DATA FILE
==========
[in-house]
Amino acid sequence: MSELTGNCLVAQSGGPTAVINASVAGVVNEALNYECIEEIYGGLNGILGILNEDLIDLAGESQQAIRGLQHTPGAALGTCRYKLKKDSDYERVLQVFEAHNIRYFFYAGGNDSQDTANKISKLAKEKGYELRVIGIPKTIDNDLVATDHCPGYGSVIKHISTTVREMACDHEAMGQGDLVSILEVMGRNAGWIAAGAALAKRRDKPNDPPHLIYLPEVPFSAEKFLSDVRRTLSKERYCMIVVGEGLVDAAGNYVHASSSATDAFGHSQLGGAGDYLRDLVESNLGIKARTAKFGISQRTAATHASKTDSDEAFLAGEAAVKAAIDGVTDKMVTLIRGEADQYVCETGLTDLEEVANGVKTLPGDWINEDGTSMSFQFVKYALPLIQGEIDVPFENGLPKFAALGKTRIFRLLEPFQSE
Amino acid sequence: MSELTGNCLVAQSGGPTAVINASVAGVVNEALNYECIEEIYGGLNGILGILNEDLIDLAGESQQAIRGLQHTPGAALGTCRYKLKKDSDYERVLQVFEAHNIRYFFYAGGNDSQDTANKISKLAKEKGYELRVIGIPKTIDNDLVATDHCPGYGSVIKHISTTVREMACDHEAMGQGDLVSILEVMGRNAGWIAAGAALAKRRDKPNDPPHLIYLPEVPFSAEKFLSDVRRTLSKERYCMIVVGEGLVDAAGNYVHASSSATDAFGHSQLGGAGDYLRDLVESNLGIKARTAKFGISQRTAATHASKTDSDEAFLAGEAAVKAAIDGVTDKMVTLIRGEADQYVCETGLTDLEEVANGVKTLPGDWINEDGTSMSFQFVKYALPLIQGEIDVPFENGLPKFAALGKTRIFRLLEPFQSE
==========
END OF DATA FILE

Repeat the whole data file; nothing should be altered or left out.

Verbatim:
[in-house]
Amino acid sequence: MSELTGNCLVAQSGGPTAVINASVAGVVNEALNYECIEEIYGGLNGILGILNEDLIDLAGESQQAIRGLQHTPGAALGTCRYKLKKDSDYERVLQVFEAHNIRYFFYAGGNDSQDTANKISKLAKEKGYELRVIGIPKTIDNDLVATDHCPGYGSVIKHISTTVREMACDHEAMGQGDLVSILEVMGRNAGWIAAGAALAKRRDKPNDPPHLIYLPEVPFSAEKFLSDVRRTLSKERYCMIVVGEGLVDAAGNYVHASSSATDAFGHSQLGGAGDYLRDLVESNLGIKARTAKFGISQRTAATHASKTDSDEAFLAGEAAVKAAIDGVTDKMVTLIRGEADQYVCETGLTDLEEVANGVKTLPGDWINEDGTSMSFQFVKYALPLIQGEIDVPFENGLPKFAALGKTRIFRLLEPFQSE
Amino acid sequence: MSELTGNCLVAQSGGPTAVINASVAGVVNEALNYECIEEIYGGLNGILGILNEDLIDLAGESQQAIRGLQHTPGAALGTCRYKLKKDSDYERVLQVFEAHNIRYFFYAGGNDSQDTANKISKLAKEKGYELRVIGIPKTIDNDLVATDHCPGYGSVIKHISTTVREMACDHEAMGQGDLVSILEVMGRNAGWIAAGAALAKRRDKPNDPPHLIYLPEVPFSAEKFLSDVRRTLSKERYCMIVVGEGLVDAAGNYVHASSSATDAFGHSQLGGAGDYLRDLVESNLGIKARTAKFGISQRTAATHASKTDSDEAFLAGEAAVKAAIDGVTDKMVTLIRGEADQYVCETGLTDLEEVANGVKTLPGDWINEDGTSMSFQFVKYALPLIQGEIDVPFENGLPKFAALGKTRIFRLLEPFQSE